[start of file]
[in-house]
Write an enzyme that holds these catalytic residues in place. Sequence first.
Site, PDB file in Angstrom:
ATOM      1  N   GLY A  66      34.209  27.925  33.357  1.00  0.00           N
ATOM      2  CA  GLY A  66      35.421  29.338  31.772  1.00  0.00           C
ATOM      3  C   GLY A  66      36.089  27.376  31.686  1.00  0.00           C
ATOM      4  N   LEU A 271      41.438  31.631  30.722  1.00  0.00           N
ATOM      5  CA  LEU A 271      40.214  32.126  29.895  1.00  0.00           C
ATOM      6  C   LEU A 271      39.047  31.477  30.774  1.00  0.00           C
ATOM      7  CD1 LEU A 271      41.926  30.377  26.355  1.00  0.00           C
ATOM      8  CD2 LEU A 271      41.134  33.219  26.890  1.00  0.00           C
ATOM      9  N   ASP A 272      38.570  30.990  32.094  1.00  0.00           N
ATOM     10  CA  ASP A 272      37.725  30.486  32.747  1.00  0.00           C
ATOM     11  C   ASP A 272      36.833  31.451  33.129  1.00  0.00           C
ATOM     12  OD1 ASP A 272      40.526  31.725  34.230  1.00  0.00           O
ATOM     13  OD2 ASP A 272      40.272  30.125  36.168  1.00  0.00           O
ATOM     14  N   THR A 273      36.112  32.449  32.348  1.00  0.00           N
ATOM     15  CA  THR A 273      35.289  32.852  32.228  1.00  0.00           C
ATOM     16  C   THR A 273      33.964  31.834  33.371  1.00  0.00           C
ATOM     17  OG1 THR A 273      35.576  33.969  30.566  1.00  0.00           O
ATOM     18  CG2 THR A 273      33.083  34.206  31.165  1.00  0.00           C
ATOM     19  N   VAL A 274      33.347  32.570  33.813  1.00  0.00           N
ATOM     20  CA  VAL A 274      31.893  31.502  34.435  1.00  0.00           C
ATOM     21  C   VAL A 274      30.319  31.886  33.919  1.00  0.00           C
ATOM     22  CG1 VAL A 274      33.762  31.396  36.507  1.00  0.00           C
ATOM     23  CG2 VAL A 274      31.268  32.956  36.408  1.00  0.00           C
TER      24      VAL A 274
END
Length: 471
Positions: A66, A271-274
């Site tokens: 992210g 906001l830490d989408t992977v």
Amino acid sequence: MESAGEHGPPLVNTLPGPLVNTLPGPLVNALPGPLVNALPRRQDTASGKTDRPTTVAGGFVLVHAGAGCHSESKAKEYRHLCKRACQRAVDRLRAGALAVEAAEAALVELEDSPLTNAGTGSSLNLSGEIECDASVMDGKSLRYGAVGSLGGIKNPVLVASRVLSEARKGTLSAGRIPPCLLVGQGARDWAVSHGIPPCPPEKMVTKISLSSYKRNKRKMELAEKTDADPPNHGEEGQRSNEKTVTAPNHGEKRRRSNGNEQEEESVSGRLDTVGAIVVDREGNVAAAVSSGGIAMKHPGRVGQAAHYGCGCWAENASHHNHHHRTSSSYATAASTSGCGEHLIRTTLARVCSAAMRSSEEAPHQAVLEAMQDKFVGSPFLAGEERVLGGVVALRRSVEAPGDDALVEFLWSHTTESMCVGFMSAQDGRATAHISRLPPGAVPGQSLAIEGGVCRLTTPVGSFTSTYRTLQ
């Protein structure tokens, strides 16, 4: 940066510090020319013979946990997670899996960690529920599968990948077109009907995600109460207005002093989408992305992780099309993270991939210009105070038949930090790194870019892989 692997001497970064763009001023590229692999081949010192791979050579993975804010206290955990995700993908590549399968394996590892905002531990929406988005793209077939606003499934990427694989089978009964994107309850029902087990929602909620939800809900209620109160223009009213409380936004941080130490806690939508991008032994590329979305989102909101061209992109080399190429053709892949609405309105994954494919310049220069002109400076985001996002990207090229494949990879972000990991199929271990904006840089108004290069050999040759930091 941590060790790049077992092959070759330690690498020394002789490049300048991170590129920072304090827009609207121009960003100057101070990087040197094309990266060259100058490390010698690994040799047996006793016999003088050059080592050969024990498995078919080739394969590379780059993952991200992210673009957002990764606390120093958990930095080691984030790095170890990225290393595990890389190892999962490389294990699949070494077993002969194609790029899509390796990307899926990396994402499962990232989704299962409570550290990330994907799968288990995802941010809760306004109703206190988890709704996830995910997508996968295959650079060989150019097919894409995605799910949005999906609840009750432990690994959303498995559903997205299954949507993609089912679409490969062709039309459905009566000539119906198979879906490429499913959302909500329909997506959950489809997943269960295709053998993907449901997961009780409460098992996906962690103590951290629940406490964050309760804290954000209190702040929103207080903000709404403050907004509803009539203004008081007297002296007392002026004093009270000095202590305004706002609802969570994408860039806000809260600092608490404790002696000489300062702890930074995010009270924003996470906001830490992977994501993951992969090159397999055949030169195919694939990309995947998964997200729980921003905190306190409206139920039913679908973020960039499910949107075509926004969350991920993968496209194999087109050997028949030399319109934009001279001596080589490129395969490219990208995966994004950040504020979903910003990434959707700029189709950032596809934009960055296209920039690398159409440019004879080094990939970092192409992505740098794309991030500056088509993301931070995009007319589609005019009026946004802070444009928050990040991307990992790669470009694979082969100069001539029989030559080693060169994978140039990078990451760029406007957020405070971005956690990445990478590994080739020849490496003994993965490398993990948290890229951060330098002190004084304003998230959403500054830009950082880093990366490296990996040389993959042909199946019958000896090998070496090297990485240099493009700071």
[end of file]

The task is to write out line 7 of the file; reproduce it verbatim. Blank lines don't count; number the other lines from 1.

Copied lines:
ATOM      4  N   LEU A 271      41.438  31.631  30.722  1.00  0.00           N